The result we get from running this code is:

Example of using the Crop and Resize transformations on an image of a golf ball on the greenImage Source: Costa Del Sol Golf Club, https://www.cdsgolfclub.com/when-two-golf-balls-collide/

Take into consideration that the procedure randomly crops a part of the image, so even if you run the code above, you might not get the same results. But if you try running the code multiple times, you will probably get a result similar to this image after a few runs. 

In practice, setting up this crop properly is relatively hard. Because of the randomness, running it might even lead to crops where the particular object you are trying to display ends up missing from the image. 

If you just want to resize an image using Albumentations, without actually cropping it, you can use: 

 

  • Resize
  • RandomResize

From these two transformations, you will use Resize if you want to precisely define dimensions. RandomResize transformation will resize your input image into some other, randomly picked dimensions. 

We'll demonstrate how to resize an image:

# Resize the image

img_width, img_height = [512, 1024]
resize = albumentations.Resize(img_height, img_width, p=1)
augment_img(resize, golf_ball_image)

Running the code above will result in the following image: 

Example of using the Resize transformation on an image of a golf ball on the greenImage Source: Costa Del Sol Golf Club, https://www.cdsgolfclub.com/when-two-golf-balls-collide/

 

How to Rotate an Image

Image rotation is very commonly used for image augmentation. The procedure is very simple: you take an image and rotate it to teach your model how to recognize objects in the image even if their orientation changes. For rotation, Albumentations offers the following transformations:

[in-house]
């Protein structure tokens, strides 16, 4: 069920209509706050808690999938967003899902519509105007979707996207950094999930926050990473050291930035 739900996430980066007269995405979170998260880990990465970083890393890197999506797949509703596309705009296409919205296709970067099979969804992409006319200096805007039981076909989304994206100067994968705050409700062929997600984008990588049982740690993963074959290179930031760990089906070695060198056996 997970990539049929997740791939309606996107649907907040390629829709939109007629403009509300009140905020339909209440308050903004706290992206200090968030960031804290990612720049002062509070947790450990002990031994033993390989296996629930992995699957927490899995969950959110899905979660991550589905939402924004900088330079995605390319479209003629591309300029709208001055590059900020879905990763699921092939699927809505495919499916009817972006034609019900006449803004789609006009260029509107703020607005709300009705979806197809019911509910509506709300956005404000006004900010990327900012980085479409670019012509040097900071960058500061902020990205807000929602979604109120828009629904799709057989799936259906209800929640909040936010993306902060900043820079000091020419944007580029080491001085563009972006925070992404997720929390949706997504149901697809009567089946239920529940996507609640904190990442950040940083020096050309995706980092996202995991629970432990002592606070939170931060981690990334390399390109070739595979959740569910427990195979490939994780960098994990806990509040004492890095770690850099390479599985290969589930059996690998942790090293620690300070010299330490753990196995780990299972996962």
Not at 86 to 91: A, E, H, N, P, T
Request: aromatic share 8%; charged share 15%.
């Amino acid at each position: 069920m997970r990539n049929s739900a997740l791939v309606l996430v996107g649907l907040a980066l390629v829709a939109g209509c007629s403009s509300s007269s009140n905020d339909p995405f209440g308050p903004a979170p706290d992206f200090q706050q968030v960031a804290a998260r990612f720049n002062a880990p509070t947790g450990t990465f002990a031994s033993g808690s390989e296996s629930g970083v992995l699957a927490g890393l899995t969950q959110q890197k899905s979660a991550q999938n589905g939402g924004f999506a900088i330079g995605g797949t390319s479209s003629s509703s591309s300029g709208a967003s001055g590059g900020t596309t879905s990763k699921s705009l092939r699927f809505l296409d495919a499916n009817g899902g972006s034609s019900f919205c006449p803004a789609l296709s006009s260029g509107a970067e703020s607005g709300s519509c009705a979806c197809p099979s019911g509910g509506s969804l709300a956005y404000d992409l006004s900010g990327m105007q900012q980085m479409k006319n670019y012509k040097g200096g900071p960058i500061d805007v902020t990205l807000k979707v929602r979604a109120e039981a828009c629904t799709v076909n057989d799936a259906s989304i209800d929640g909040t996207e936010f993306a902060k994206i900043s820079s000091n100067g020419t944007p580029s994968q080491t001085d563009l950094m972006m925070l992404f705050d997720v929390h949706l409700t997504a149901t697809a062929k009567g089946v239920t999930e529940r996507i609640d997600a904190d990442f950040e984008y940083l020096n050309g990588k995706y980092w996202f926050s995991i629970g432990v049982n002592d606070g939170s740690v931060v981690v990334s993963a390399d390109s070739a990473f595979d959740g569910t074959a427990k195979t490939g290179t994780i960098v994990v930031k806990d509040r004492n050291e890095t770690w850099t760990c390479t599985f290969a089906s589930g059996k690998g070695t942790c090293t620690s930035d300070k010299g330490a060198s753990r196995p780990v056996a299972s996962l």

• RandomRotate90
  • Rotate
  • SafeRotate
  • ShiftScaleRotate

Of the above, the one that is easiest to use is ShiftScaleRotate. This is also the transformation used most commonly. The transformation Rotate allows you to be exact in how you want to rotate something, but that is not a good idea because you don't want to manually specify just one rotation angle. RandomRotate90 rotates the input randomly by 90 degrees, so it does include some useful randomness, but it is also limited to rotating images for 90 degrees. 

The reason why using ShiftScaleRotate is preferred is that, by using it, you perform 3 affine operations randomly: translation, rotation, and scaling. This way you get a lot of different versions of your image that you can feed into the model. 

We'll demonstrate how it works by running the following code: 

# Perform affine operations

shift_scale_rot = albumentations.ShiftScaleRotate(p=1)
augment_img(shift_scale_rot, golf_ball_image)